North Carolina Sea Grant
Coastwatch Currents

Coastwatch Currents

June 30, 2016 | E-Ching Lee

Story and Images by Michael Flynn

Posted June 30, 2016
Summer is officially here. If you are still making summer plans, mark your calendars for Aug. 25 and celebrate the centennial of the National Park Service, or NPS. North Carolina boasts 10 national parks. But you do not have to wait until August to find your park and celebrate because July is Parks and Recreation Month.

In fact, one park already has the candles lit — three giant candles so big you need many stairs to get to the top. These candles, also known as the Sentinels of the Sea, are found on Cape Hatteras National Seashore, where the land meets the sea.

Cape Hatteras lighthouse and visitors' center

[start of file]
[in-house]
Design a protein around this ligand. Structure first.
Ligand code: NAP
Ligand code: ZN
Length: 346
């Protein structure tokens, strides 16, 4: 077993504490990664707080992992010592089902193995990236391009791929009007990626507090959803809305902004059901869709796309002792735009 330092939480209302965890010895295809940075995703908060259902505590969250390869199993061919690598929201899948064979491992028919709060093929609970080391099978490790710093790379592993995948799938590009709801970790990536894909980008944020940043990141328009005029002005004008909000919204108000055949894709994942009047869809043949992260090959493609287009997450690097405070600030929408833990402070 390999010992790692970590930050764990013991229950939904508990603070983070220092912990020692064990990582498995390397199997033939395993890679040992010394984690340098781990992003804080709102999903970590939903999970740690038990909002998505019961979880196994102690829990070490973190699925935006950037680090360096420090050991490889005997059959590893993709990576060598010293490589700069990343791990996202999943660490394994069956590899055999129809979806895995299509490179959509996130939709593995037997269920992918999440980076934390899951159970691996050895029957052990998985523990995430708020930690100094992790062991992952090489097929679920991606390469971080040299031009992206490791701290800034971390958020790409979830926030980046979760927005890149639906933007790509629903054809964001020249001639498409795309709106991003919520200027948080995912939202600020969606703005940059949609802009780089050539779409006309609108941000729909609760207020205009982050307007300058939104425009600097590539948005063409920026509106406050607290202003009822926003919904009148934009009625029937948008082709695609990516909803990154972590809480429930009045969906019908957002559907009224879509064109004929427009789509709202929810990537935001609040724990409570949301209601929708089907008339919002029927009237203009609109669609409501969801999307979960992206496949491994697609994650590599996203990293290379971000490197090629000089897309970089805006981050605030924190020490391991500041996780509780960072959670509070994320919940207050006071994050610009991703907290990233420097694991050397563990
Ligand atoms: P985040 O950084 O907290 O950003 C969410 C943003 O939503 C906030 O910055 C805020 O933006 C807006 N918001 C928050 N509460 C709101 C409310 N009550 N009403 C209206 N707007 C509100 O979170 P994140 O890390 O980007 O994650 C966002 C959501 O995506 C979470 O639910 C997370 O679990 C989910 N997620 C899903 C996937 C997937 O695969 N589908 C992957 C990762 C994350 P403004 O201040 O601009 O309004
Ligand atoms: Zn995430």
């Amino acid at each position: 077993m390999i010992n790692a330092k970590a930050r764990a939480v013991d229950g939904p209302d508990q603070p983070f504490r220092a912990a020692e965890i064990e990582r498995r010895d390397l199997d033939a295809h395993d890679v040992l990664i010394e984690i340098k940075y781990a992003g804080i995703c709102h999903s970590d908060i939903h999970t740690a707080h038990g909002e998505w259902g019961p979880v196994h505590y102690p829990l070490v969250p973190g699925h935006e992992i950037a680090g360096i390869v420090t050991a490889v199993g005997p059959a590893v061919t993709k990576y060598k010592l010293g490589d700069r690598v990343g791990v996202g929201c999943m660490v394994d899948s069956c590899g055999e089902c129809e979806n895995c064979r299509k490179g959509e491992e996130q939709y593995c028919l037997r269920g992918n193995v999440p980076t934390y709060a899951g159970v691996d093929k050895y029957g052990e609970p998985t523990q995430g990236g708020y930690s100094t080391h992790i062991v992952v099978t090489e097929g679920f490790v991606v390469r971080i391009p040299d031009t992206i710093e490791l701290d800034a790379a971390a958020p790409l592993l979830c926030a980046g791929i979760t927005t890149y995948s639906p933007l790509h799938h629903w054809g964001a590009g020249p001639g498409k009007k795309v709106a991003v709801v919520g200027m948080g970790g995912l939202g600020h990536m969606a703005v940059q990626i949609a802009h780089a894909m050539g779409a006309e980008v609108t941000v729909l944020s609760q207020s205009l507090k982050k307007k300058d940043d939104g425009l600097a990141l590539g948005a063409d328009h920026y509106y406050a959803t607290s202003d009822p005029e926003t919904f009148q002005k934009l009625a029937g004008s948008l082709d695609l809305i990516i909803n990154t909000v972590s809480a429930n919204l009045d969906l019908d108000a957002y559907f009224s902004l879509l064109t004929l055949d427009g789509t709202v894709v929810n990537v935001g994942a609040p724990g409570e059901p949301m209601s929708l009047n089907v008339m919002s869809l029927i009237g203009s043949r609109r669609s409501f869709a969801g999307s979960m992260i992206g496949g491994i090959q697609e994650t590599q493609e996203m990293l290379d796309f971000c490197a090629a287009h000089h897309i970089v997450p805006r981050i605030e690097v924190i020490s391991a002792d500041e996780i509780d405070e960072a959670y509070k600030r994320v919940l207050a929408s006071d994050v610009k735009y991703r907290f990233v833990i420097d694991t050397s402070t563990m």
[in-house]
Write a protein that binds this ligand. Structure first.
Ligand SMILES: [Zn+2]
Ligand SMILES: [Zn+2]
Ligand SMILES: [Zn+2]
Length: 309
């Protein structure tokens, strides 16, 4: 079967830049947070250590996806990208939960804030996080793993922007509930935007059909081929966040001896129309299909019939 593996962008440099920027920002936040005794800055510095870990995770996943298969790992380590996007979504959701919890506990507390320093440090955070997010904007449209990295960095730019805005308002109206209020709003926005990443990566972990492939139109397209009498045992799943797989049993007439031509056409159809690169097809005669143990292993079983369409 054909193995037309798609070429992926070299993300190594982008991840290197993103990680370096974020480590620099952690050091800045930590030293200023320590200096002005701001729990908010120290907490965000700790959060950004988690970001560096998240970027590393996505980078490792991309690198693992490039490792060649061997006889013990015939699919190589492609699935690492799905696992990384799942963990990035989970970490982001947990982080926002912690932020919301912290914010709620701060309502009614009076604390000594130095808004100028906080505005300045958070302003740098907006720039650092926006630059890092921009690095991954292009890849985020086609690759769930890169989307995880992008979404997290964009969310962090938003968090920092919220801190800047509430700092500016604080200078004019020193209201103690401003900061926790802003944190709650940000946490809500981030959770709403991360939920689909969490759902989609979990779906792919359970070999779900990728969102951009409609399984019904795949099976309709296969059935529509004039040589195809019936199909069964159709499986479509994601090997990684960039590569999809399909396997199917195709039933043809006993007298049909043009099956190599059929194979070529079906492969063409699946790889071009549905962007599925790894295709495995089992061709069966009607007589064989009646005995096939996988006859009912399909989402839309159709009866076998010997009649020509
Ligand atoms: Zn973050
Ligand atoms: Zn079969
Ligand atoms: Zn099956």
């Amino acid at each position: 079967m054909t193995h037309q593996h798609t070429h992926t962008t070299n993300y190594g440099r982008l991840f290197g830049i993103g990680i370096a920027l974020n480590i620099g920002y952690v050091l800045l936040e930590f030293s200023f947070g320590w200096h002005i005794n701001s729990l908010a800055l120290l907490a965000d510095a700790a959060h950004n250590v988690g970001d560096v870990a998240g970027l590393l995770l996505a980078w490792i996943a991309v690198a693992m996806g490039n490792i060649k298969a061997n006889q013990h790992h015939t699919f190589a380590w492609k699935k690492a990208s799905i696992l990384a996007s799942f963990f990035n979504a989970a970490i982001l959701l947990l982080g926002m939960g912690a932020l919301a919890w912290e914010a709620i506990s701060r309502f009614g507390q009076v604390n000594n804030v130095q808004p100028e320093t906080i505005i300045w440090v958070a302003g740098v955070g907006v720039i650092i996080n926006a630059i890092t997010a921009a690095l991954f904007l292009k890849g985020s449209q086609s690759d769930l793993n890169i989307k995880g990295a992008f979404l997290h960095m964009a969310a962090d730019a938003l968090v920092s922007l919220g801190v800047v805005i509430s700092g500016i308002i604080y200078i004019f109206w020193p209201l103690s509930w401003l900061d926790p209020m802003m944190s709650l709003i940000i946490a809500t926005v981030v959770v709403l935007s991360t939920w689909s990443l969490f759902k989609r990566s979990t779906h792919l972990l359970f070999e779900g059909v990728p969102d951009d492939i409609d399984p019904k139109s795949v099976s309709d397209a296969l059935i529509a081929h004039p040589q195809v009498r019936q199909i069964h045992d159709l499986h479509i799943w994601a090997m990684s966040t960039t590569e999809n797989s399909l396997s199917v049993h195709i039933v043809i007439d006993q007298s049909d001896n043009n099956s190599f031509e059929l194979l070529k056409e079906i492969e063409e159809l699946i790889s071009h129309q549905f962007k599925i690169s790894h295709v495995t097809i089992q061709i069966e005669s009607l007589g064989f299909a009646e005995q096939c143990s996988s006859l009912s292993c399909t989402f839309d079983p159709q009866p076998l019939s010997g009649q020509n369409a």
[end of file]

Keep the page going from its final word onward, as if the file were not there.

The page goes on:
The Cape Hatteras Lighthouse is one of many landmarks on the Cape Hatteras National Seashore that could be threatened by sea-level rise.

The Cape Hatteras Lighthouse on the central coast, Bodie Island Lighthouse to the north and Ocracoke Lighthouse to the south served as the primary aids to navigation during the 19th century and much of the 20th century before the advent of depth sounders and Global Positioning Systems. The lighthouses warned mariners of the hazardous shoals lying off the coast of Cape Hatteras and guided them to safe harbor through Oregon and Ocracoke inlets.